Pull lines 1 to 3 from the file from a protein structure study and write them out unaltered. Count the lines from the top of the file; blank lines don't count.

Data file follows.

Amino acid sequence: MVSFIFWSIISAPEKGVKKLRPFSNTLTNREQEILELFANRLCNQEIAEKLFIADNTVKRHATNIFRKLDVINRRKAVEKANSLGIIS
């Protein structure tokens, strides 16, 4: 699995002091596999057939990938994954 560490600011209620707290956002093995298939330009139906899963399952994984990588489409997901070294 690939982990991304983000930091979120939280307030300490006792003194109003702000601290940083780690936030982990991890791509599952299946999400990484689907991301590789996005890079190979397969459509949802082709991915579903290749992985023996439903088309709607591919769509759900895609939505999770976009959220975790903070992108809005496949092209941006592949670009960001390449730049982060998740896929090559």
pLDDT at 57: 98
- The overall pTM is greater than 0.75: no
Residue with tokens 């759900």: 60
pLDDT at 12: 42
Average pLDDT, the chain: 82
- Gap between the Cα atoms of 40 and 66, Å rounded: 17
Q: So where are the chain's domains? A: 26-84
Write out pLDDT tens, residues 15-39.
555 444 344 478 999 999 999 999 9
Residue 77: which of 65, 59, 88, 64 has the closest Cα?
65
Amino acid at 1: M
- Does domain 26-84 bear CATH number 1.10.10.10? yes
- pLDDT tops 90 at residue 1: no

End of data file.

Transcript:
Amino acid sequence: MVSFIFWSIISAPEKGVKKLRPFSNTLTNREQEILELFANRLCNQEIAEKLFIADNTVKRHATNIFRKLDVINRRKAVEKANSLGIIS
């Protein structure tokens, strides 16, 4: 699995002091596999057939990938994954 560490600011209620707290956002093995298939330009139906899963399952994984990588489409997901070294 690939982990991304983000930091979120939280307030300490006792003194109003702000601290940083780690936030982990991890791509599952299946999400990484689907991301590789996005890079190979397969459509949802082709991915579903290749992985023996439903088309709607591919769509759900895609939505999770976009959220975790903070992108809005496949092209941006592949670009960001390449730049982060998740896929090559």
pLDDT at 57: 98